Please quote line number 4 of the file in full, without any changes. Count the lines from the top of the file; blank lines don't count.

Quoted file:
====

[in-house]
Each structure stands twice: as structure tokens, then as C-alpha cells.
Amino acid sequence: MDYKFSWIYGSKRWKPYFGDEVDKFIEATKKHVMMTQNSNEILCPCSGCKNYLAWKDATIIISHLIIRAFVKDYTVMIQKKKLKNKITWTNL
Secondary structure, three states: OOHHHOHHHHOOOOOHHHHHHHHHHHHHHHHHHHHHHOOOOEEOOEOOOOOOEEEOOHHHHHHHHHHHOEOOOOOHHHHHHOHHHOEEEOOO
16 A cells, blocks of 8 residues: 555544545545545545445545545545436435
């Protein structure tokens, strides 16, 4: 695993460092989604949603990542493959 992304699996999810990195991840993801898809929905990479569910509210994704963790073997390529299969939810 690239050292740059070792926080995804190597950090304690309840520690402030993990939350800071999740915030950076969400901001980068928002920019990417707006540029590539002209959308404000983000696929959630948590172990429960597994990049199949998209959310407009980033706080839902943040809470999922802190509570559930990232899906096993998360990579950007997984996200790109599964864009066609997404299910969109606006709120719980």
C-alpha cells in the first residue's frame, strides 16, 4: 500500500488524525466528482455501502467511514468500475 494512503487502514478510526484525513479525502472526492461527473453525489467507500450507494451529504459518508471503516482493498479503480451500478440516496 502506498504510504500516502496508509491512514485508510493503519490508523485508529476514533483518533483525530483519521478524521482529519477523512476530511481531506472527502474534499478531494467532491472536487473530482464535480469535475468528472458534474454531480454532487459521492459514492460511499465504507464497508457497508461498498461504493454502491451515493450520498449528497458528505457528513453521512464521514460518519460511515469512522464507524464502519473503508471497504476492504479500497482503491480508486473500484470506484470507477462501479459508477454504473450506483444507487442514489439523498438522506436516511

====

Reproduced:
Secondary structure, three states: OOHHHOHHHHOOOOOHHHHHHHHHHHHHHHHHHHHHHOOOOEEOOEOOOOOOEEEOOHHHHHHHHHHHOEOOOOOHHHHHHOHHHOEEEOOO